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Pastelx
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(Original post by Bertybassett)
thanks, could you explain why 9.8 is negative though? if the object is falling wont it be positive?
Just bare in mind there is no set direction to take as positive when it comes to suvat, as long as you are consistent

e.g. my physics teacher takes downwards as positive since that generally means less negatives to work with whereas I usually take upwards as positive since I visualise with graphs how the y-axis is positive when going upwards.

As long as displacement, initial/final velocity and acceleration take the same/opposite signs where appropriate, you’ll get the answer either way (due to cancelling out of signs)
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RDKGames
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(Original post by _RobbieL_)
S - 9.1 + 4
At what point is the displacement 13.1?
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thiccc
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surely you can use v^2=u^2 * 2as again.

V=?
U=0
a=9.81
s=9.1

therefore v = 13.3m/s.

Another way to do it (non suvat) would be PE max = KE max.

mgh=1/2mv^2.

The m cancels and you are pretty much left with the same suvat equation.
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_RobbieL_
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(Original post by RDKGames)
At what point is the displacement 13.1?
S can be either displacement, or distance. If you think of it in terms of distance, the ground to the peak of the projectile is 13.1m.
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RDKGames
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(Original post by _RobbieL_)
S can be either displacement, or distance. If you think of it in terms of distance, the ground to the peak of the projectile is 13.1m.
s is defined to be displacement from an initial position because distance traveled is not a vector quantity therefore it does not work with the rest of the vector quantities like U (initial velocity) and V (final velocity) as well as A (acceleration)

Clearly, the dimensions of s=\frac{1}{2}(u+v)t would be inconsistent if s was taken to be a scalar quantity, ie distance traveled.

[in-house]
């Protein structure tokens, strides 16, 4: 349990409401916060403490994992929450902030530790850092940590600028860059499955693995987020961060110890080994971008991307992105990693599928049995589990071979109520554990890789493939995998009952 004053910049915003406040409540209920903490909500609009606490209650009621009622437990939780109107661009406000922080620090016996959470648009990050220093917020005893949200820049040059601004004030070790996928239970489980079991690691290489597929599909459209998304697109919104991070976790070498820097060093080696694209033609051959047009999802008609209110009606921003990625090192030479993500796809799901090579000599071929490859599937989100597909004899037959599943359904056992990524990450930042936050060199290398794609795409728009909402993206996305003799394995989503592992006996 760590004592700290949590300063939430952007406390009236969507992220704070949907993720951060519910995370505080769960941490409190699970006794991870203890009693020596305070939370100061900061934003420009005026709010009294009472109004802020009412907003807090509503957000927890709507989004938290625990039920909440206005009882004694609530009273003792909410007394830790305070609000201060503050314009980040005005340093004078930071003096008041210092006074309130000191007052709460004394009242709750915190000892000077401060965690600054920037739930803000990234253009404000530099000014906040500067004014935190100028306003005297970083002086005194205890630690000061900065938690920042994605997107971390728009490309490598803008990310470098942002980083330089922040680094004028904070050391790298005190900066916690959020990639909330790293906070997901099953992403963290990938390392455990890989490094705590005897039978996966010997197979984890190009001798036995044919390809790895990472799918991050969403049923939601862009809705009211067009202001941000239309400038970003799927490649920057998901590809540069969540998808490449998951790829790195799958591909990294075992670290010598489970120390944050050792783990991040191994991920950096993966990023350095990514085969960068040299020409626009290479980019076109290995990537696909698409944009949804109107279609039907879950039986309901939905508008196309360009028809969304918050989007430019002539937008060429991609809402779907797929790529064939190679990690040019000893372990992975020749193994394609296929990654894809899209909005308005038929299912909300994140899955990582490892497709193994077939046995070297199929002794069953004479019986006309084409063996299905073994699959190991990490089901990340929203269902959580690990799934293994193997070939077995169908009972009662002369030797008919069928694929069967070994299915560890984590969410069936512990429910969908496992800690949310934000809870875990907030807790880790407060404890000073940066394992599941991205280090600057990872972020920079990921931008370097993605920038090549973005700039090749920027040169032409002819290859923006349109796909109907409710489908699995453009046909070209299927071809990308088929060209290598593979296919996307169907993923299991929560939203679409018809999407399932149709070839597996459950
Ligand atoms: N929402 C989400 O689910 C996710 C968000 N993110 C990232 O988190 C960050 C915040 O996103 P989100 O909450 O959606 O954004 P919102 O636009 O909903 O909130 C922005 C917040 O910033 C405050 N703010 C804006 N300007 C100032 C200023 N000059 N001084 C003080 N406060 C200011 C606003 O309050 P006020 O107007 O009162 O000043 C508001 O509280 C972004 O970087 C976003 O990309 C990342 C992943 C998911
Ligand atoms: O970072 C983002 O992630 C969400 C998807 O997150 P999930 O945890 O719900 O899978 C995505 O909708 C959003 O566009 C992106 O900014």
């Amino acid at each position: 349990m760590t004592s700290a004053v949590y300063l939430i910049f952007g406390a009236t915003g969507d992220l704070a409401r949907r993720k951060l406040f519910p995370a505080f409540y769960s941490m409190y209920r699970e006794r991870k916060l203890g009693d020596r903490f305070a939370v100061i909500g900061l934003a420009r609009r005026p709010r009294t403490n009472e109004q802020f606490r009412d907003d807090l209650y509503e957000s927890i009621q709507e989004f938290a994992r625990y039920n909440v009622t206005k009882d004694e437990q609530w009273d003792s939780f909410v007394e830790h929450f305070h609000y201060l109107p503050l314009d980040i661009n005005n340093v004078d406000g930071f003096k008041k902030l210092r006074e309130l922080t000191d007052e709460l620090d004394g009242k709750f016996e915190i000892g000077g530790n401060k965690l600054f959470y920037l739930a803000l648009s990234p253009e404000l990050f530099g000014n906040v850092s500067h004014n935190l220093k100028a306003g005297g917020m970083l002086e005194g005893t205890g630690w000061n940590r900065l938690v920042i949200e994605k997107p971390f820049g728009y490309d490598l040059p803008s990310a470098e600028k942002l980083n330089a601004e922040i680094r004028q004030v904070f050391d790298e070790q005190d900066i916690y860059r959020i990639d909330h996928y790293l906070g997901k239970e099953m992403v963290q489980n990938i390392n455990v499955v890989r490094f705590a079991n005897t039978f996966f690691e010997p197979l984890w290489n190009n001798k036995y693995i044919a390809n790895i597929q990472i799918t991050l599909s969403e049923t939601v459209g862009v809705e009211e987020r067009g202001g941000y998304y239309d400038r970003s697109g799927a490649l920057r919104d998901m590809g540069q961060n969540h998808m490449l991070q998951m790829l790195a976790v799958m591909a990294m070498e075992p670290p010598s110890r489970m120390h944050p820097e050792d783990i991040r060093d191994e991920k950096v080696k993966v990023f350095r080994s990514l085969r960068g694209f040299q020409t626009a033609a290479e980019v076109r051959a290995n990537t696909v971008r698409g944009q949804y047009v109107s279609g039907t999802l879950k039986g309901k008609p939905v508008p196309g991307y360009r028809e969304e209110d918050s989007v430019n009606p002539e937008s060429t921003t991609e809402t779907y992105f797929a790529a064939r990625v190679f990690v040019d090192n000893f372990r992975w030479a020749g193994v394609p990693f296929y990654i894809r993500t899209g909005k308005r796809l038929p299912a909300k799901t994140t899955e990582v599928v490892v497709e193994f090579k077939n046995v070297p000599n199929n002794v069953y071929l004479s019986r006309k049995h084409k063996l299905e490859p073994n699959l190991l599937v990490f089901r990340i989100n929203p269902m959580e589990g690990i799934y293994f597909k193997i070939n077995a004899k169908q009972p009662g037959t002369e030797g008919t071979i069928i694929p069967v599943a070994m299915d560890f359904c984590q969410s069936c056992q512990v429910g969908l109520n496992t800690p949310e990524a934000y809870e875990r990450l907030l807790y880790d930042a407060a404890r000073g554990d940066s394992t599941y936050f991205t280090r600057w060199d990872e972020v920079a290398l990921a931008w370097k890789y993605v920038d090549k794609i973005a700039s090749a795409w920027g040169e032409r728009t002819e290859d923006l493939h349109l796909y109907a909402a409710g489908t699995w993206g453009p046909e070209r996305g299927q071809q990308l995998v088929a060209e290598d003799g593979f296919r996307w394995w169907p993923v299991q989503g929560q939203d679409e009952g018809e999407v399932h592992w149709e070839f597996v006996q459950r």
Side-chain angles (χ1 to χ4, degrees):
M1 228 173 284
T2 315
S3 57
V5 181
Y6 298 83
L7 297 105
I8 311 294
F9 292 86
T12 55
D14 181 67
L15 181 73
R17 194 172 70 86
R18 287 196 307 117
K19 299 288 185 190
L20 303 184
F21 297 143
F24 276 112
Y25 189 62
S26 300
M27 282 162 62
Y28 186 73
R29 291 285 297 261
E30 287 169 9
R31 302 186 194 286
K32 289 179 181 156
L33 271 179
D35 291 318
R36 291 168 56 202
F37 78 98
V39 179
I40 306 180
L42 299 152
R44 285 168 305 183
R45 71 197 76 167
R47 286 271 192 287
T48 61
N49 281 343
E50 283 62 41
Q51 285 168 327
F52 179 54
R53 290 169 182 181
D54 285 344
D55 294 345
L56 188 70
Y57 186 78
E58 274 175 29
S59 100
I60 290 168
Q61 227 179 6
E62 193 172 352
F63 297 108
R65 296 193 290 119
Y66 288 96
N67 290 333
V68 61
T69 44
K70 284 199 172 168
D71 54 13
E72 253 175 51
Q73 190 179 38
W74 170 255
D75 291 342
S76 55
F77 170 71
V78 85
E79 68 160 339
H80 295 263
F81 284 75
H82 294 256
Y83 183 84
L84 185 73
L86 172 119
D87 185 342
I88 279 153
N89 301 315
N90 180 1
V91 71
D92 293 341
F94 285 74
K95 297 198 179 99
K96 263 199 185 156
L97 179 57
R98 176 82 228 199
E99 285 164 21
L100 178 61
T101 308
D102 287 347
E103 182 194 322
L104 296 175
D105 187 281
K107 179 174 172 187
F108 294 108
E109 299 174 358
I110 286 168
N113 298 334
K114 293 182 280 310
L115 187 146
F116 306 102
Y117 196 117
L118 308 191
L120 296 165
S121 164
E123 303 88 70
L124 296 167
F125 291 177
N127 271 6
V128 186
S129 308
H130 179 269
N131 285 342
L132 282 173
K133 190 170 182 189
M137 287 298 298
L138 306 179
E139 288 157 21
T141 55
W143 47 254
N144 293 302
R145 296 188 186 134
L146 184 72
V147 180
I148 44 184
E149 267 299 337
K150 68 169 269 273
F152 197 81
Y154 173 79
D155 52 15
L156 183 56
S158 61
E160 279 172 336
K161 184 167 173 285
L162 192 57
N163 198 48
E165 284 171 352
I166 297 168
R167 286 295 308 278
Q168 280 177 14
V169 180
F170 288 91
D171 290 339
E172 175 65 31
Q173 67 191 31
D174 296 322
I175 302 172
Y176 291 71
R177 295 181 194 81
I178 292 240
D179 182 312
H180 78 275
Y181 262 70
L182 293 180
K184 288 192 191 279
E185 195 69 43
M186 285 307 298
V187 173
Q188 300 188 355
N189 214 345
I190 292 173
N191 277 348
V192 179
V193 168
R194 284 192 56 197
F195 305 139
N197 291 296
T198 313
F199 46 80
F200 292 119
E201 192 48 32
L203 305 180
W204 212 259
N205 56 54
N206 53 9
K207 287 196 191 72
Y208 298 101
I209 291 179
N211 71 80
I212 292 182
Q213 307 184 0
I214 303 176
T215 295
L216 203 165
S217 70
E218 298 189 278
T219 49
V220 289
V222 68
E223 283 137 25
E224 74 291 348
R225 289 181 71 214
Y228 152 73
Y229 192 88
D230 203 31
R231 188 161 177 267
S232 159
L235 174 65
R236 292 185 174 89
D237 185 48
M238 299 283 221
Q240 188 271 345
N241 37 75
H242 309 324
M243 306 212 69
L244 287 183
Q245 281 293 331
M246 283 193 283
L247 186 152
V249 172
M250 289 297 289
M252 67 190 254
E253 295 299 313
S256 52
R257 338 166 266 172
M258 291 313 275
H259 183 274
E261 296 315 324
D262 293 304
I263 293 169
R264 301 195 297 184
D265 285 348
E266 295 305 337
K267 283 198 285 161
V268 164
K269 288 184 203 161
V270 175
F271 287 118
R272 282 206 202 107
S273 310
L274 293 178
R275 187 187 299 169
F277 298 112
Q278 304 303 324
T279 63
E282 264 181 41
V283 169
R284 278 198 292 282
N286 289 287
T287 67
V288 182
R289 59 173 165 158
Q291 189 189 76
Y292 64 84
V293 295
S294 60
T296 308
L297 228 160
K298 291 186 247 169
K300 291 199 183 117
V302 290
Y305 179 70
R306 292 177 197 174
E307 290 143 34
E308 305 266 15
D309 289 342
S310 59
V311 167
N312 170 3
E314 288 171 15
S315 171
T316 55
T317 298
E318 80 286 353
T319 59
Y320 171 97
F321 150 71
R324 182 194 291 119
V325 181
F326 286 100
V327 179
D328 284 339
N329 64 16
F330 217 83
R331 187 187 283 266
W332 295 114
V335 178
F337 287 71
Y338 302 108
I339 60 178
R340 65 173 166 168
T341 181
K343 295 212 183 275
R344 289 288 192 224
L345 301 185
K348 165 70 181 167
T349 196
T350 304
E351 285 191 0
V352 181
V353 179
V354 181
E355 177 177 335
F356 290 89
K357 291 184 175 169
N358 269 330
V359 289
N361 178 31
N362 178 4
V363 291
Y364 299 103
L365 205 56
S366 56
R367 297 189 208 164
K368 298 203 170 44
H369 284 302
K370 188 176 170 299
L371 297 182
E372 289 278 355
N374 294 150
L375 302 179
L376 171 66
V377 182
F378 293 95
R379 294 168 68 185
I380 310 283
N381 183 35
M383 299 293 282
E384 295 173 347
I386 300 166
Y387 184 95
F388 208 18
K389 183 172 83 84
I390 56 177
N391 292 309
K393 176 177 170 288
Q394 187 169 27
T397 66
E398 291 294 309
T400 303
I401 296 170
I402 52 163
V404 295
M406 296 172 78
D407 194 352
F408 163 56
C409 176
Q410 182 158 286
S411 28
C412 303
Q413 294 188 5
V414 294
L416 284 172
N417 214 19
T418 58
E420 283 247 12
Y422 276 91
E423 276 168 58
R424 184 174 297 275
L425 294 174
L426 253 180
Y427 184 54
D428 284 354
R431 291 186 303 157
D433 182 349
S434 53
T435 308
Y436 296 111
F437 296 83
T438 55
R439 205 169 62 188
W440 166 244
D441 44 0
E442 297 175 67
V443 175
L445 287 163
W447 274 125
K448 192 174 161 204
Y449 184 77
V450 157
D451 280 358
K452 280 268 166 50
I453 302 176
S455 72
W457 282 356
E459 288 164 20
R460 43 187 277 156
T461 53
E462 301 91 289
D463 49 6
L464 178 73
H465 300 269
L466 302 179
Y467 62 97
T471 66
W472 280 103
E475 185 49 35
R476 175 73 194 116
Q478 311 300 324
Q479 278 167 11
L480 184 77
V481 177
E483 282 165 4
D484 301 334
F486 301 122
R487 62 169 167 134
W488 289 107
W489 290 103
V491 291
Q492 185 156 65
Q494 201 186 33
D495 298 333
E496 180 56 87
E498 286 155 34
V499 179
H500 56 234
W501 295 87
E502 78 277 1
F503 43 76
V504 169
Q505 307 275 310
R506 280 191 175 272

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_RobbieL_
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(Original post by RDKGames)
s is defined to be displacement from an initial position because distance traveled is not a vector quantity therefore it does not work with the rest of the vector quantities like U (initial velocity) and V (final velocity) as well as A (acceleration)

Clearly, the dimensions of s=\frac{1}{2}(u+v)t would be inconsistent if s was taken to be a scalar quantity, ie distance traveled.
I promise you if you did the calculation using my variables the answer you get for V would be correct.
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RDKGames
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(Original post by _RobbieL_)
I promise you if you did the calculation using my variables the answer you get for V would be correct.
v^2=u^2+2as yields v \approx 16 which is incorrect with s=13.1
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_RobbieL_
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(Original post by RDKGames)
v^2=u^2 2as yields v \approx 16 which is incorrect.
It gets 13.3m/s when s is 9.1, so if it was 13.1 I think approx 16 sounds about right.
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RDKGames
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(Original post by _RobbieL_)
It gets 13.3m/s as thicc said above.
Because they used s=9.1 which is the correct displacement to use.
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_RobbieL_
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(Original post by RDKGames)
Because they used s=9.1 which is the correct displacement to use.
Mate you’re literally forgetting that the particle was projected from 4m above the ground, therefore there is an extra 4 metres to travel for it to reach the ground from it’s peak. I’m not lying.
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thiccc
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(Original post by _RobbieL_)
Mate you’re literally forgetting that the particle was projected from 4m above the ground, therefore there is an extra 4 metres to travel for it to reach the ground from it’s peak. I’m not lying.
s=9.1 already includes the 4m in the calculation.

quick maths